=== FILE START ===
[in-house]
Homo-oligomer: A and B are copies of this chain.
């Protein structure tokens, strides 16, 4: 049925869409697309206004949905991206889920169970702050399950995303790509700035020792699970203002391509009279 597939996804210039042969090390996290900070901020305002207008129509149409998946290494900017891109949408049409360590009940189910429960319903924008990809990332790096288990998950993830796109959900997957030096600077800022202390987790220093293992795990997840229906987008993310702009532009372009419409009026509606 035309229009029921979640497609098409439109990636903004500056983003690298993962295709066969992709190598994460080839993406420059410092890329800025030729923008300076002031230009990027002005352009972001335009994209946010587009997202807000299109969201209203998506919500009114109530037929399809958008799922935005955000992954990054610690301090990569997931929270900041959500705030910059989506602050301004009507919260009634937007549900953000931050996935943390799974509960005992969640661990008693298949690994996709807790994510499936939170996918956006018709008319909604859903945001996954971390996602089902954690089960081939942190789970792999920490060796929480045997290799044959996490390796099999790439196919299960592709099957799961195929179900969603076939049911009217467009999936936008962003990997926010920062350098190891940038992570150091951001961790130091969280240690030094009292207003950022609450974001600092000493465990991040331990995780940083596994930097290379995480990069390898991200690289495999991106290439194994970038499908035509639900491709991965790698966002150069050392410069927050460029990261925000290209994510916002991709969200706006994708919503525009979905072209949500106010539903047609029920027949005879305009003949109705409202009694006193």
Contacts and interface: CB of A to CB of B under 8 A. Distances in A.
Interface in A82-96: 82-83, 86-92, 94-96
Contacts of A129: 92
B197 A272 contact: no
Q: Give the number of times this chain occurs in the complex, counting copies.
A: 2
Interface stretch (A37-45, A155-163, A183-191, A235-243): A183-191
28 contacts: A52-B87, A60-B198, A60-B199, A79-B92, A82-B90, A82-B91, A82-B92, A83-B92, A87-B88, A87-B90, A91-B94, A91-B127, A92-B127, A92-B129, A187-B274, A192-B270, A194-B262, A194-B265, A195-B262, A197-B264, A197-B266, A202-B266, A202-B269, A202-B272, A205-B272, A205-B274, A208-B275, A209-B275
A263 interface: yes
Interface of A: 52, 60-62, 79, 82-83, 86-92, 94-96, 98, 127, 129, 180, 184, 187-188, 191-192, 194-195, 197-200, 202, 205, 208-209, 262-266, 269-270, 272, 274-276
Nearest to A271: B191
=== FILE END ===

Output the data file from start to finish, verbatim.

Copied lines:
[in-house]
Homo-oligomer: A and B are copies of this chain.
């Protein structure tokens, strides 16, 4: 049925869409697309206004949905991206889920169970702050399950995303790509700035020792699970203002391509009279 597939996804210039042969090390996290900070901020305002207008129509149409998946290494900017891109949408049409360590009940189910429960319903924008990809990332790096288990998950993830796109959900997957030096600077800022202390987790220093293992795990997840229906987008993310702009532009372009419409009026509606 035309229009029921979640497609098409439109990636903004500056983003690298993962295709066969992709190598994460080839993406420059410092890329800025030729923008300076002031230009990027002005352009972001335009994209946010587009997202807000299109969201209203998506919500009114109530037929399809958008799922935005955000992954990054610690301090990569997931929270900041959500705030910059989506602050301004009507919260009634937007549900953000931050996935943390799974509960005992969640661990008693298949690994996709807790994510499936939170996918956006018709008319909604859903945001996954971390996602089902954690089960081939942190789970792999920490060796929480045997290799044959996490390796099999790439196919299960592709099957799961195929179900969603076939049911009217467009999936936008962003990997926010920062350098190891940038992570150091951001961790130091969280240690030094009292207003950022609450974001600092000493465990991040331990995780940083596994930097290379995480990069390898991200690289495999991106290439194994970038499908035509639900491709991965790698966002150069050392410069927050460029990261925000290209994510916002991709969200706006994708919503525009979905072209949500106010539903047609029920027949005879305009003949109705409202009694006193």
Contacts and interface: CB of A to CB of B under 8 A. Distances in A.
Interface in A82-96: 82-83, 86-92, 94-96
Contacts of A129: 92
B197 A272 contact: no
Q: Give the number of times this chain occurs in the complex, counting copies.
A: 2
Interface stretch (A37-45, A155-163, A183-191, A235-243): A183-191
28 contacts: A52-B87, A60-B198, A60-B199, A79-B92, A82-B90, A82-B91, A82-B92, A83-B92, A87-B88, A87-B90, A91-B94, A91-B127, A92-B127, A92-B129, A187-B274, A192-B270, A194-B262, A194-B265, A195-B262, A197-B264, A197-B266, A202-B266, A202-B269, A202-B272, A205-B272, A205-B274, A208-B275, A209-B275
A263 interface: yes
Interface of A: 52, 60-62, 79, 82-83, 86-92, 94-96, 98, 127, 129, 180, 184, 187-188, 191-192, 194-195, 197-200, 202, 205, 208-209, 262-266, 269-270, 272, 274-276
Nearest to A271: B191